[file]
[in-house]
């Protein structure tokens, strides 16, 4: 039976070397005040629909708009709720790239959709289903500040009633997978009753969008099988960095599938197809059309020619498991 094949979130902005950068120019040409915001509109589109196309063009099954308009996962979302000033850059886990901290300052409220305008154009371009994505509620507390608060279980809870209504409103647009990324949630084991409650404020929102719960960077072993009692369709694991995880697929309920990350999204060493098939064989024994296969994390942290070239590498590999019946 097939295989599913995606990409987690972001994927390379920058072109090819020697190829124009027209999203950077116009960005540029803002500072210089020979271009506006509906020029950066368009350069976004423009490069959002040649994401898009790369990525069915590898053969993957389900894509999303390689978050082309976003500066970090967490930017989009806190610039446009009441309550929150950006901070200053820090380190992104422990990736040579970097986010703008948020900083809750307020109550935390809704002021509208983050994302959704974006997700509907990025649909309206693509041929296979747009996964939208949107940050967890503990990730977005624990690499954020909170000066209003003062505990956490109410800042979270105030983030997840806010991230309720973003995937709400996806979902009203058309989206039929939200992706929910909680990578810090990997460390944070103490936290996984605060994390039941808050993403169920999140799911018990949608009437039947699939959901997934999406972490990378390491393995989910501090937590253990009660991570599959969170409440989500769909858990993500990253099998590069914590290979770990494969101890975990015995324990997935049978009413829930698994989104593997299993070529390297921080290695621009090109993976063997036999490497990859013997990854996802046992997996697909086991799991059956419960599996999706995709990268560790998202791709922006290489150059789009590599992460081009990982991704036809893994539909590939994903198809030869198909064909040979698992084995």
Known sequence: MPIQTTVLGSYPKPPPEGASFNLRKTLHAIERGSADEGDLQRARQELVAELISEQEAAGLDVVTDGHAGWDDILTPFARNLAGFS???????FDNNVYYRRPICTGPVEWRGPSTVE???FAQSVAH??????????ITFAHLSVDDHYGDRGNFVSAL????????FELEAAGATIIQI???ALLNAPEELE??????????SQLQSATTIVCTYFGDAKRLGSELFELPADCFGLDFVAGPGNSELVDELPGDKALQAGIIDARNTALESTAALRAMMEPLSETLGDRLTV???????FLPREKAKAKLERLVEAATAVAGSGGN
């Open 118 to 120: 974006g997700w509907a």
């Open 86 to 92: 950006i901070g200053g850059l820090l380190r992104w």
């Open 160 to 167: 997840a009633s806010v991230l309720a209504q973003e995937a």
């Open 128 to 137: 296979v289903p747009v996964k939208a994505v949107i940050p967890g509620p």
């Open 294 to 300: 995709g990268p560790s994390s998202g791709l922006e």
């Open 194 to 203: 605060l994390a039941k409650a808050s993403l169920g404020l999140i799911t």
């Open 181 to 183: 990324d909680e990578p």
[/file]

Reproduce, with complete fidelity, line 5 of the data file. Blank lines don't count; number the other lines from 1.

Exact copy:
């Open 86 to 92: 950006i901070g200053g850059l820090l380190r992104w």